WALGREENS PROFITS JUMP ON GENERIC DRUG SALES
Walgreens' ongoing efforts to boost generic drug utilization is paying off,
as the drugstore chain posted record profits during its fiscal first quarter,
driven by a 5.2 percent increase in generic sales, the company said recently.
Walgreens, which already fills close to 60 percent of its prescriptions with generic drugs, will also continue to emphasize generic drug utilization in its pharmacy benefit management (PBM) unit, a Walgreens spokesman told FDAnews.
Drugstore chains and pharmacy benefit managers have seen profit margins soar on increased generic drug utilization because generic drugs can be marked up more than brand counterparts yet are sold at a lower cost than brand alternatives. Walgreens and rival CVS both own PBMs, and the three largest U.S. PBMs Express Scripts, Caremark Rx and Medco Health Solutions have steadily raised the percentage of generic drugs they dispense over the last few years.
Walgreens said its profit margin increased 16 points to 27.54 percent due to growth in generic drug sales. Prescription sales also increased 10.3 percent. The drugstore chain said its net earnings for the three months ended Nov. 30 were $345.6 million or 34 cents per share, up from $328.6 million or 32 cents per share during the same period a year ago.
The drugstore chain has already increased generic drug use in patients served by Walgreens Health Initiatives, its PBM unit, by allowing PBM clients to refill prescriptions at pharmacies as well as through the mail, Walgreens spokesman Michael Polzin told FDAnews.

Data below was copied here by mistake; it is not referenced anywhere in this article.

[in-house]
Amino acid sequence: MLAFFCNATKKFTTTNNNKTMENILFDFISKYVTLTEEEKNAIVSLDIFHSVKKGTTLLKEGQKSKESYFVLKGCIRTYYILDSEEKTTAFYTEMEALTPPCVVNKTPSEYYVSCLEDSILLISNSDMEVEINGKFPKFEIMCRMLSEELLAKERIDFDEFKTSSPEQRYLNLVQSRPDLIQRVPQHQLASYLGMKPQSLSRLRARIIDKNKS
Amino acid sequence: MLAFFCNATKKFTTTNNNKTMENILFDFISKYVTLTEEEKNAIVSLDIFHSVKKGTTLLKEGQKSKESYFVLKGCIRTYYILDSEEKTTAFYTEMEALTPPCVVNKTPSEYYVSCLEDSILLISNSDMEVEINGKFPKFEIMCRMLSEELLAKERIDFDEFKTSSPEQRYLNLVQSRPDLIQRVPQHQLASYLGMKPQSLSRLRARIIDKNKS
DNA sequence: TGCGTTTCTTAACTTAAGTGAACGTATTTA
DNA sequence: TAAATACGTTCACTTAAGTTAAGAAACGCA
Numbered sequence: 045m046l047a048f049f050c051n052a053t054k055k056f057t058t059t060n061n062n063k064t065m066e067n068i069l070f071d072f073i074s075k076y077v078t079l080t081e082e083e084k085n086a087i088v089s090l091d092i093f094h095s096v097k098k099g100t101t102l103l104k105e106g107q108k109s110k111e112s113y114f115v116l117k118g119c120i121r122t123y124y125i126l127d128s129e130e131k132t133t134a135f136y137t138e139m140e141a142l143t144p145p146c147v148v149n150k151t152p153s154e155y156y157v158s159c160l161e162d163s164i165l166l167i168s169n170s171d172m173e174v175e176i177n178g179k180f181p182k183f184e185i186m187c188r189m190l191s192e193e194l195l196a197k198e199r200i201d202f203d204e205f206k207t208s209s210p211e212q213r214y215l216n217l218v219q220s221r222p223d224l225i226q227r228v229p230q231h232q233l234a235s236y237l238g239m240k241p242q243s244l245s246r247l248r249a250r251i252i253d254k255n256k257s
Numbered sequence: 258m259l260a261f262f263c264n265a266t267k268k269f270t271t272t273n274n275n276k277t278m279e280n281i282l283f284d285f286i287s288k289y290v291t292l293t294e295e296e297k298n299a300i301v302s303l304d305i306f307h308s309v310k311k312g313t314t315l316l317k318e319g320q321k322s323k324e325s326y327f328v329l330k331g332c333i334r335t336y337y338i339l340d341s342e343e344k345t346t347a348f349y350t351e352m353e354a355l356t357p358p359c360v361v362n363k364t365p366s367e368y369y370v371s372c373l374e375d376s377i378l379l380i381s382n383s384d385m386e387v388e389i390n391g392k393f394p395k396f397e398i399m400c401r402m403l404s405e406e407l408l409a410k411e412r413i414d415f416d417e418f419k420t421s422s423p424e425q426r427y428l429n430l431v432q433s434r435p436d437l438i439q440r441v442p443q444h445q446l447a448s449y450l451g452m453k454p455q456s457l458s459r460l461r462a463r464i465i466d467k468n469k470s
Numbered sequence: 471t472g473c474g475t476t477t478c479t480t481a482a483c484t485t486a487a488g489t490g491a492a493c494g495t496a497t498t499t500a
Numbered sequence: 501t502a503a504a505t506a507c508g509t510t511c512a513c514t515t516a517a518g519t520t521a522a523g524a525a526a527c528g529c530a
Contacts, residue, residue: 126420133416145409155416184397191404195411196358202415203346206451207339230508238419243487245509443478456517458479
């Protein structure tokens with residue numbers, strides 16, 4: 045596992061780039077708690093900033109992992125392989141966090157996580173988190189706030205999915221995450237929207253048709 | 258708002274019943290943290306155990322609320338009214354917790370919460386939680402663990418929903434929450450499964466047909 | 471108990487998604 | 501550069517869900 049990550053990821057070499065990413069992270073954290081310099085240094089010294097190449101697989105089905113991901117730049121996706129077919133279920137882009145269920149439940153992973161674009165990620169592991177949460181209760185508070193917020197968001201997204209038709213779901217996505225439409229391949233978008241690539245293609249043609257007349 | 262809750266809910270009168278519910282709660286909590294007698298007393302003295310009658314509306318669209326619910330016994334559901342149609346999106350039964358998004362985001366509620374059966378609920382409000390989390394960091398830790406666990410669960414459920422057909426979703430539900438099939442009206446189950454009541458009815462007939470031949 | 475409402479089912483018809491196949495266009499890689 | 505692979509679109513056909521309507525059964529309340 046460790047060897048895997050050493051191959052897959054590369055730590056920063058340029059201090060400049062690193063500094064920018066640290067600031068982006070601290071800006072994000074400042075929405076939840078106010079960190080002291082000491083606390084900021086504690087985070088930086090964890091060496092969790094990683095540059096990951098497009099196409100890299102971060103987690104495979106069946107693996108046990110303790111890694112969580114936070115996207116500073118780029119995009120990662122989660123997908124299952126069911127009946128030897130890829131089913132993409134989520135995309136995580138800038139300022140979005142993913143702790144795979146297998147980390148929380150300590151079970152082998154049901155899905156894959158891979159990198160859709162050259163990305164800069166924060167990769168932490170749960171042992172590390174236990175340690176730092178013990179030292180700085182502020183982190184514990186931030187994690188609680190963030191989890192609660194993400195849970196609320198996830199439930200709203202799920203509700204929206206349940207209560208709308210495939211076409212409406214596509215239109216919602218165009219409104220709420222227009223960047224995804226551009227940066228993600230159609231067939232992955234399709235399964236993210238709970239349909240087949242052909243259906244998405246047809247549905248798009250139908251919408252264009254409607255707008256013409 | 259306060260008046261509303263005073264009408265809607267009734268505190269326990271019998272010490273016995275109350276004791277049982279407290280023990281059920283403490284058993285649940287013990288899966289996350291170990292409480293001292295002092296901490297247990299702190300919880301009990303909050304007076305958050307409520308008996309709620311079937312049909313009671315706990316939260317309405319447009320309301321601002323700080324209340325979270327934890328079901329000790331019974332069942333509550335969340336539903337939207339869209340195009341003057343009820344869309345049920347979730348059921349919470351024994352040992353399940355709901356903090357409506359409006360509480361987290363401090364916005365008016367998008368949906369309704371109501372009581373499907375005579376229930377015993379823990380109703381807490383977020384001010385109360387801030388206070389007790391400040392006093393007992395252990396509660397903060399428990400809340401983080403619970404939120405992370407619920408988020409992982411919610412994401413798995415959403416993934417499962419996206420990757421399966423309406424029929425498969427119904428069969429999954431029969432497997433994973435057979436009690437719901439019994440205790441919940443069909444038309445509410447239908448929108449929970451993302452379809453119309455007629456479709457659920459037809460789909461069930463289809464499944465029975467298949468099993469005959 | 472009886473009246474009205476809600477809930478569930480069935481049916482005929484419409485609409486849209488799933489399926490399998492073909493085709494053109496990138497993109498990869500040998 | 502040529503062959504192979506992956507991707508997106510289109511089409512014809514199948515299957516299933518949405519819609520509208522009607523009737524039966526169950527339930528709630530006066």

"There's particular opportunity through 90-day prescription refill programs," Polzin said. "If a patient can get it at a retail pharmacy rather than through the mail, that offers another opportunity to convert the patient to a generic when available." Walgreens' PBM program currently serves about 5 million people, Polzin said.
Indeed, allowing PBM patients to fill prescriptions at the pharmacy saves an average of $10 or 7 percent over filling prescriptions through the mail, Walgreens executives said at the JP Morgan Consumer and Retail Holiday Conference held in November.
Rick Hans, Walgreens' finance director, said that with the "record" number of brand drugs set to go off patent in fiscal 2006, "we anticipate record new generic drug introductions that could equal about 7 percent of total current prescriptions we fill," Hans said. "We'll see plenty of new generics hitting the market during the year, but the biggest ones generics for Zocor and Zoloft are expected to be introduced late in our fiscal year, thus having a larger impact in our fiscal 2007," Hans added.